From Bill Bryson’s In a Sunburned Country:

If we try, we could make a country like that again.


Okay, so I finally remembered to come post my story about it.

Like to hear it? Here it go:

So as shit happens sometimes, I got laid off last year 10 days before Xmas.

Not great timing, but also not as fucked up as it could have been.

Anyhoos, the point is that after the new year, I was back on the grind looking for a job.

Now as some of you may recall, I’m without a vehicle and I use public transit to get around.

So one day I have a job interview scheduled, and I do all my due diligence. I have everything prepared, but the bus I’m riding on goes out of service while we are en route, causing me to jump off and start running in order to make my connecting bus… which I just miss, right before it turns into the freeway tunnel that I need to go through to get to my interview.

And just fyi, the driver totally saw me trying to flag him down and the fucker just kept going.

Now I’m about to be late to a interview for a new job, and it’s not my fault, but I still have to make my best effort to get there are as soon as I can…

So I start walking. Right through the tunnel, along the walkway reserved for maintenance.

I call the place where I’m interviewing and explain that I’m going to be tardy and that it was beyond my control.

And then I keep walking, with cars and trucks roaring at ‘ludicrous speed’ past me; scared as shit, but determined to get to my damn interview.

So once I finally get to the end of the tunnel, guess what happens?

A cop car pulls up.

Of course various people had called the police about a “crazy woman walking through the tunnel, talking to herself and crying.

(I was irritated and sweaty as fuck, but I never shed a single tear… but assholes will see what they want to see.)

As soon as I saw the officer pull over, I explained my desperate situation, hoping the whole time that she wasn’t going to make me even later while writing me a ticket.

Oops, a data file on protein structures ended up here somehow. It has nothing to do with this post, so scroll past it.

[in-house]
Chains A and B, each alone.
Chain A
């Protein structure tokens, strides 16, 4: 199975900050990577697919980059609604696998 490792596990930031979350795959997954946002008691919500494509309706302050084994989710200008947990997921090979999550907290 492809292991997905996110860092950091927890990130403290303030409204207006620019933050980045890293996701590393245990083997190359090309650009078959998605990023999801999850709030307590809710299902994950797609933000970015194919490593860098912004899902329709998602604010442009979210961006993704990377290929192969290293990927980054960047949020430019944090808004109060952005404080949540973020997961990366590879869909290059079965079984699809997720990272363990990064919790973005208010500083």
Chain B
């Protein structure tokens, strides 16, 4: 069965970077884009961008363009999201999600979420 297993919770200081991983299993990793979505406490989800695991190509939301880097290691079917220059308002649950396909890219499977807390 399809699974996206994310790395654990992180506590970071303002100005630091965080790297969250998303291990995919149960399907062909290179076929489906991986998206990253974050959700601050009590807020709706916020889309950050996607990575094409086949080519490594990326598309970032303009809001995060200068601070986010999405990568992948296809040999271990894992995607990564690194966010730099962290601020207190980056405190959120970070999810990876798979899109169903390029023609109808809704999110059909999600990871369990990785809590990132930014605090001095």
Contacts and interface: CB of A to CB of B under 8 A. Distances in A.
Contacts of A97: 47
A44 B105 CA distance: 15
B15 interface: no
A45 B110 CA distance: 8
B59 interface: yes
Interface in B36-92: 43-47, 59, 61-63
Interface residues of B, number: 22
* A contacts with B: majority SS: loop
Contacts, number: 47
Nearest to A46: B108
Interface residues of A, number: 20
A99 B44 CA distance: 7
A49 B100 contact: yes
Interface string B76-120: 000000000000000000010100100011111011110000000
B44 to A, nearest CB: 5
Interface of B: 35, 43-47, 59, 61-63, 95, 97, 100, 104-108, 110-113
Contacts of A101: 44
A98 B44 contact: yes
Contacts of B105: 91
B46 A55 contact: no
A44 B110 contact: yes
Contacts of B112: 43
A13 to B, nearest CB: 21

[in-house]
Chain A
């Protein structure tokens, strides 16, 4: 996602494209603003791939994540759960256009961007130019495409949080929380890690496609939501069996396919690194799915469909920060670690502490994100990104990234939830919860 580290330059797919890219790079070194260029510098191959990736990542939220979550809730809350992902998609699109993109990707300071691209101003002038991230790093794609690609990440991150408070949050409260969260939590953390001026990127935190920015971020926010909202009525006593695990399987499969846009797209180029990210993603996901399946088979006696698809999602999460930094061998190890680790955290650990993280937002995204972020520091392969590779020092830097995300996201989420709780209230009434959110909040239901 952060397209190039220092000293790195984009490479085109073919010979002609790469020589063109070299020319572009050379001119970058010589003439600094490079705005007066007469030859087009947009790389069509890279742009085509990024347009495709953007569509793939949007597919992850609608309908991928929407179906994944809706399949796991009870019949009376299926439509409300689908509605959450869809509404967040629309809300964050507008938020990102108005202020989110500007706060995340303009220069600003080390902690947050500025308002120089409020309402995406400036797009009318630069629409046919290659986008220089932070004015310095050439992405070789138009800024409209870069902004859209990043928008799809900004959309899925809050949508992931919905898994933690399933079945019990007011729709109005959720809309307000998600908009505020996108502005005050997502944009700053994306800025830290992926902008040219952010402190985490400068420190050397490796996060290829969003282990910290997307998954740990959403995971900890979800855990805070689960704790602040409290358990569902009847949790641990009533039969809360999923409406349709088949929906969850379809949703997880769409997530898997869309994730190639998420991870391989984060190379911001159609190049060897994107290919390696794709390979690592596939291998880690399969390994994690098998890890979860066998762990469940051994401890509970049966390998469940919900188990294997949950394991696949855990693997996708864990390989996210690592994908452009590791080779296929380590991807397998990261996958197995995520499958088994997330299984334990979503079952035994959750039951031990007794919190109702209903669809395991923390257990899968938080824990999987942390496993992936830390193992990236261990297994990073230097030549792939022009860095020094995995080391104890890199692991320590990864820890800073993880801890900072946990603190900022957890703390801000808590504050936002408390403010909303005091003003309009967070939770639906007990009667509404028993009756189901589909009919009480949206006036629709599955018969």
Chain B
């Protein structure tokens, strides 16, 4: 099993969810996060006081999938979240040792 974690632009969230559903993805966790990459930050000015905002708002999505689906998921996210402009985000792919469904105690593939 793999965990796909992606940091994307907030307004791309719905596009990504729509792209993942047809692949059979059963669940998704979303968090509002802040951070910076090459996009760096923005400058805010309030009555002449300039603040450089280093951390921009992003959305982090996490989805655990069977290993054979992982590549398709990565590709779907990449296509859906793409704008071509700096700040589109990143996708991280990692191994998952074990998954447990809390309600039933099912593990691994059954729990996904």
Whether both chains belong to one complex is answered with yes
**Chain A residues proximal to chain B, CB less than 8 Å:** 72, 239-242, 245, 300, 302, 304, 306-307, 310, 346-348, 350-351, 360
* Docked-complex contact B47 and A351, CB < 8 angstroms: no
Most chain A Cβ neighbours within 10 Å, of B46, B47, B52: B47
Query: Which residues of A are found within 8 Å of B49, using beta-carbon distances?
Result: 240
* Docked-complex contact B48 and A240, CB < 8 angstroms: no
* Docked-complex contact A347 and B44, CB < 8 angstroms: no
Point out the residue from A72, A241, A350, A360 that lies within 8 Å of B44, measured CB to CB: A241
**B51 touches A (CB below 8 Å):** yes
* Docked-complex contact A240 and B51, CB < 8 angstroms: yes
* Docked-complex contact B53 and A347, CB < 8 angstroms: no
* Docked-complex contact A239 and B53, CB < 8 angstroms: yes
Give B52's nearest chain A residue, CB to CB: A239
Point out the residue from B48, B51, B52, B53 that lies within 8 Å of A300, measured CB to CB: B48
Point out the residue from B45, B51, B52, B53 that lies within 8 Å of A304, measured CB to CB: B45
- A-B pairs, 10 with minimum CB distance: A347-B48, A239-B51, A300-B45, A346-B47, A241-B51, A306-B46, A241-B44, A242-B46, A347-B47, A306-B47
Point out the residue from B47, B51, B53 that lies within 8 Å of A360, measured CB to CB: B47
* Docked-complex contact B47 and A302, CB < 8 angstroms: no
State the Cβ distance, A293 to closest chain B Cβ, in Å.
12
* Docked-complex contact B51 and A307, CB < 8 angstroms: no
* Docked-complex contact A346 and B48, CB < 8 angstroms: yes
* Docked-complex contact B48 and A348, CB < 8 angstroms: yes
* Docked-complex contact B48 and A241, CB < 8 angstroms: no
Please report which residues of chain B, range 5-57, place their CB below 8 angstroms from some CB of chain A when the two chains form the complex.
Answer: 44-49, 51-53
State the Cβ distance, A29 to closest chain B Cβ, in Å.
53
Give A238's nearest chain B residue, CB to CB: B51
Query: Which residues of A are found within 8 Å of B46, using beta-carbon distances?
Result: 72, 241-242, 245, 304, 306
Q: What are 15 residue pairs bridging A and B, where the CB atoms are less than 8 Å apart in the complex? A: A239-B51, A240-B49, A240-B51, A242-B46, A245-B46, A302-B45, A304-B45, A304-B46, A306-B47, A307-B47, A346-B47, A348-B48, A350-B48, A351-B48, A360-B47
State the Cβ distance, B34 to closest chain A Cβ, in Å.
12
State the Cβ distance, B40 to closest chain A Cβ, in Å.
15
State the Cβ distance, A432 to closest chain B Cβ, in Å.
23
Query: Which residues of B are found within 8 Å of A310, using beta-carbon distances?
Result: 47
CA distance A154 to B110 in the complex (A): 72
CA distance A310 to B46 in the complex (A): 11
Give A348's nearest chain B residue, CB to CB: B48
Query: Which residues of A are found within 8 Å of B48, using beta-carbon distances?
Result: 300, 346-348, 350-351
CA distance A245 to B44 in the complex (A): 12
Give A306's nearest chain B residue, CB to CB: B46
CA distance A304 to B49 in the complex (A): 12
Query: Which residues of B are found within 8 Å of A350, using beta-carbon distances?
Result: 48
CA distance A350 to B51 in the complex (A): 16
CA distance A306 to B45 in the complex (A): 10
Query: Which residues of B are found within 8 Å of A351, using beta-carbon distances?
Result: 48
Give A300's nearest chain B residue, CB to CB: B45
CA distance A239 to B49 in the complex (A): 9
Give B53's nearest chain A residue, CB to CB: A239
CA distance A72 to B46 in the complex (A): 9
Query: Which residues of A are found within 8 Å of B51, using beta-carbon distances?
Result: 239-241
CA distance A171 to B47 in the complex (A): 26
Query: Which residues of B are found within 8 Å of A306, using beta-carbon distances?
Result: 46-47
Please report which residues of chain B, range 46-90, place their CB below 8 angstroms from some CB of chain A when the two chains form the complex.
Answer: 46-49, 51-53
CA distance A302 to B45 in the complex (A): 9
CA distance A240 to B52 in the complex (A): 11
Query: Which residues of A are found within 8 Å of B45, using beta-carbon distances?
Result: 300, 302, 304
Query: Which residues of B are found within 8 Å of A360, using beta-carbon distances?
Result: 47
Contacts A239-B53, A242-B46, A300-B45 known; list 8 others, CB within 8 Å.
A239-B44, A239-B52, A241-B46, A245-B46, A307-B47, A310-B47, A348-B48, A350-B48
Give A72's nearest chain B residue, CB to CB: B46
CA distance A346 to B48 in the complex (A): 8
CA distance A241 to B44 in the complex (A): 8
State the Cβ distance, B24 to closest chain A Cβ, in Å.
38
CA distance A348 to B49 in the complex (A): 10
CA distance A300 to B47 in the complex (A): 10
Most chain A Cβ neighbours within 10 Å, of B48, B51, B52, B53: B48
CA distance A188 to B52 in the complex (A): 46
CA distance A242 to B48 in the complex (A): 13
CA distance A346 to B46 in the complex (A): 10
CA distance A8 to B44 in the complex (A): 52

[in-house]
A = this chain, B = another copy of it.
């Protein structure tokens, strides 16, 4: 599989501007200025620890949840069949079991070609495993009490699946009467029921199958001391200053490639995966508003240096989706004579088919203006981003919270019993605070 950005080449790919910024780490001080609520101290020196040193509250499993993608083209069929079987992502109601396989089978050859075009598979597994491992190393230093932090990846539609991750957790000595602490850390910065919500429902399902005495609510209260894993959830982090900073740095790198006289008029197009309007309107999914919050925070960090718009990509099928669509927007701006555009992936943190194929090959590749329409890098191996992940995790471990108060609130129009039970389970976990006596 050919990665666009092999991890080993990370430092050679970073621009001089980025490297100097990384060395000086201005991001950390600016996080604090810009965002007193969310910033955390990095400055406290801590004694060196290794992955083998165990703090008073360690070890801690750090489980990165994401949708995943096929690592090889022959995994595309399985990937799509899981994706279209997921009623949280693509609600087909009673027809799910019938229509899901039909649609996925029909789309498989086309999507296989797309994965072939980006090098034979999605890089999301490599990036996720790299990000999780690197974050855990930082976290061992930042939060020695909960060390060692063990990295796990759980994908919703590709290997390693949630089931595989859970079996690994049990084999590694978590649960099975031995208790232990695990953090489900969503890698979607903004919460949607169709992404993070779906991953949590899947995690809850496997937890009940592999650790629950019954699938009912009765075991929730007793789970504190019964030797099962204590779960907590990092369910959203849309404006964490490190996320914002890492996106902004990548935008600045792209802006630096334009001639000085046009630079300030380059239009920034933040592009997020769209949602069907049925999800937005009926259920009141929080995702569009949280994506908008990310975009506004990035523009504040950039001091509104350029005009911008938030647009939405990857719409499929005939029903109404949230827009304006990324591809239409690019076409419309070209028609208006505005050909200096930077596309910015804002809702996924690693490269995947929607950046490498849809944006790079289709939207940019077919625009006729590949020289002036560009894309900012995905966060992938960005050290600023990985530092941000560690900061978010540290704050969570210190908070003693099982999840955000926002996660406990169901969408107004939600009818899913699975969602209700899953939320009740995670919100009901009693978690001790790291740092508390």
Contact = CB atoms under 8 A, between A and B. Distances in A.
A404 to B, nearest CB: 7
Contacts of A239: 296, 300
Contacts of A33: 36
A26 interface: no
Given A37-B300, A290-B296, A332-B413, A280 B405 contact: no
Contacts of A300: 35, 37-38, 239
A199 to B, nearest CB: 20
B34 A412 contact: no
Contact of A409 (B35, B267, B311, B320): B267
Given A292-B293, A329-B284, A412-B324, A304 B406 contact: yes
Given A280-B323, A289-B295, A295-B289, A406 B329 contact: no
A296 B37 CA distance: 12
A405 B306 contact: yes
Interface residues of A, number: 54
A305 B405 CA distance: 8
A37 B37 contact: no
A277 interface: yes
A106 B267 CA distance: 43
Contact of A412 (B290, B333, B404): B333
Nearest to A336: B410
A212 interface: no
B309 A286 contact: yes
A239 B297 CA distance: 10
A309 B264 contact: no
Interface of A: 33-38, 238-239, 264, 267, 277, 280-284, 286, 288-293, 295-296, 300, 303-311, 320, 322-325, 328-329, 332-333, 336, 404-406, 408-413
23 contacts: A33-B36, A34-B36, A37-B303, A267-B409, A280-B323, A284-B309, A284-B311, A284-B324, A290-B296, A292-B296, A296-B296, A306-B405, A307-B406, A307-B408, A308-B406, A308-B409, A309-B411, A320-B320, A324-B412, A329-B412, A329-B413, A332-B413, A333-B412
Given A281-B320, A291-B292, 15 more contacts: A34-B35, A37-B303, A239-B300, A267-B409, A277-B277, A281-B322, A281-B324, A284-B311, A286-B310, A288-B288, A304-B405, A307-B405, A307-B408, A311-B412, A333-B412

And the funniest thing happened. The petite blonde woman in uniform smiled at me sympathetically, and offered me a ride for the last leg of my journey which I gratefully accepted… and she even let me out slightly away from the main entrance, so that my prospective new employers wouldn’t see me arriving in the back of a squad car.

(What an impression that would have made!)

And the ‘happy ending’ to this tale is that not only was the situation not escalated, and I walked away from the encounter without a single scratch on my body OR my dignity… but I also got the job.

Sometimes, truth is stranger (and better) than fiction.


Holy crap, that’s a guaranteed twenty points to the blood pressure right there. I’ve never had that happen and even hearing about it made my pulse race a little!

Did getting dropped off a distance away occur to you? I bet it wouldn’t have occurred to me at all.

Glad things worked out!

Here’s one from a friend of mine a couple of days ago…I giggled when I read it.

So, last night I got pulled over for driving erratically in a parking lot. When the officer got to the window I showed him Pokemon Go on the phone.

He just said “Oh no”, shook his head, and just walked back to his car.

And he’s not white! But he looks a bit like Erkel and wears a bow tie, so I’m not sure how much we can count that. (He’s joking about starting a life-saving bow-tie business for African American men)


It’s an achievable dream. Even if that rose-tinted view of the past is mostly just illusory, it can very definitely be a present. And the nostalgia element won’t hurt in getting to that present, either. :smiley:

One thing I have enjoyed is the posters that I’ve heard are springing up all over the place.



It’ll never work; they’ll only be confused for members of the Nation of Islam, trying to sell copies of the Final Call.


I was at a Forth of July celebration with my famiy. As we walked back to our car, a bicycle cop was handing out trading cards to a young muslim girl. I felt really good about being an American that day.


The Australian xenophobic right likes to use “boat people” as an epithet to describe refugees.

Which is why I own a shirt that looks like this: